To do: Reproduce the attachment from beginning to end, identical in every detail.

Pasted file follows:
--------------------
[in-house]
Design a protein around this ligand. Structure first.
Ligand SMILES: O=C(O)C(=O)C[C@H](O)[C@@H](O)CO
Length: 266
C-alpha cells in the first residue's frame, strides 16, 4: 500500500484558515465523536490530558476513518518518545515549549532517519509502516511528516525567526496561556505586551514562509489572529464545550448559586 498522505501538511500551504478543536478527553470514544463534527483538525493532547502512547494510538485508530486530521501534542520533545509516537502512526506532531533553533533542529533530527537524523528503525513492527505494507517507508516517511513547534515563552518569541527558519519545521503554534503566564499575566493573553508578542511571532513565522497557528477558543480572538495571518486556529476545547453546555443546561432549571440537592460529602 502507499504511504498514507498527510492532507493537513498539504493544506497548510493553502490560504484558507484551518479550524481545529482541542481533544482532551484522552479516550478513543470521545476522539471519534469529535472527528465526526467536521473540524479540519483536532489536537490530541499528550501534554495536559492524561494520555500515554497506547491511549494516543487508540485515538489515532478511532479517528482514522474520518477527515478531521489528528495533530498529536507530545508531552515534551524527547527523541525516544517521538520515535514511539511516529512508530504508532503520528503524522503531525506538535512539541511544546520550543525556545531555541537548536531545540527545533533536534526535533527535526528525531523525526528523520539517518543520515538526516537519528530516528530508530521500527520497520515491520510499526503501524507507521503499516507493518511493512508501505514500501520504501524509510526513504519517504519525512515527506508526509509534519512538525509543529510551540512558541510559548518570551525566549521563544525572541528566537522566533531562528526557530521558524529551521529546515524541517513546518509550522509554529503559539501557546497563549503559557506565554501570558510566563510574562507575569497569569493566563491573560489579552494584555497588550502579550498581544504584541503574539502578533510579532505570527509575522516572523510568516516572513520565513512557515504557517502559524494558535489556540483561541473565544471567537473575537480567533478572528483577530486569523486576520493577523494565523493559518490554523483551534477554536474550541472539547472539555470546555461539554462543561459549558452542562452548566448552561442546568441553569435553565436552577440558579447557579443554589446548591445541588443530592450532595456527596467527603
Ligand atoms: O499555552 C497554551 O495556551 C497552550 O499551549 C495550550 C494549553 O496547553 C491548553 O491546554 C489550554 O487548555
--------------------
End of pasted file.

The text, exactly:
[in-house]
Design a protein around this ligand. Structure first.
Ligand SMILES: O=C(O)C(=O)C[C@H](O)[C@@H](O)CO
Length: 266
C-alpha cells in the first residue's frame, strides 16, 4: 500500500484558515465523536490530558476513518518518545515549549532517519509502516511528516525567526496561556505586551514562509489572529464545550448559586 498522505501538511500551504478543536478527553470514544463534527483538525493532547502512547494510538485508530486530521501534542520533545509516537502512526506532531533553533533542529533530527537524523528503525513492527505494507517507508516517511513547534515563552518569541527558519519545521503554534503566564499575566493573553508578542511571532513565522497557528477558543480572538495571518486556529476545547453546555443546561432549571440537592460529602 502507499504511504498514507498527510492532507493537513498539504493544506497548510493553502490560504484558507484551518479550524481545529482541542481533544482532551484522552479516550478513543470521545476522539471519534469529535472527528465526526467536521473540524479540519483536532489536537490530541499528550501534554495536559492524561494520555500515554497506547491511549494516543487508540485515538489515532478511532479517528482514522474520518477527515478531521489528528495533530498529536507530545508531552515534551524527547527523541525516544517521538520515535514511539511516529512508530504508532503520528503524522503531525506538535512539541511544546520550543525556545531555541537548536531545540527545533533536534526535533527535526528525531523525526528523520539517518543520515538526516537519528530516528530508530521500527520497520515491520510499526503501524507507521503499516507493518511493512508501505514500501520504501524509510526513504519517504519525512515527506508526509509534519512538525509543529510551540512558541510559548518570551525566549521563544525572541528566537522566533531562528526557530521558524529551521529546515524541517513546518509550522509554529503559539501557546497563549503559557506565554501570558510566563510574562507575569497569569493566563491573560489579552494584555497588550502579550498581544504584541503574539502578533510579532505570527509575522516572523510568516516572513520565513512557515504557517502559524494558535489556540483561541473565544471567537473575537480567533478572528483577530486569523486576520493577523494565523493559518490554523483551534477554536474550541472539547472539555470546555461539554462543561459549558452542562452548566448552561442546568441553569435553565436552577440558579447557579443554589446548591445541588443530592450532595456527596467527603
Ligand atoms: O499555552 C497554551 O495556551 C497552550 O499551549 C495550550 C494549553 O496547553 C491548553 O491546554 C489550554 O487548555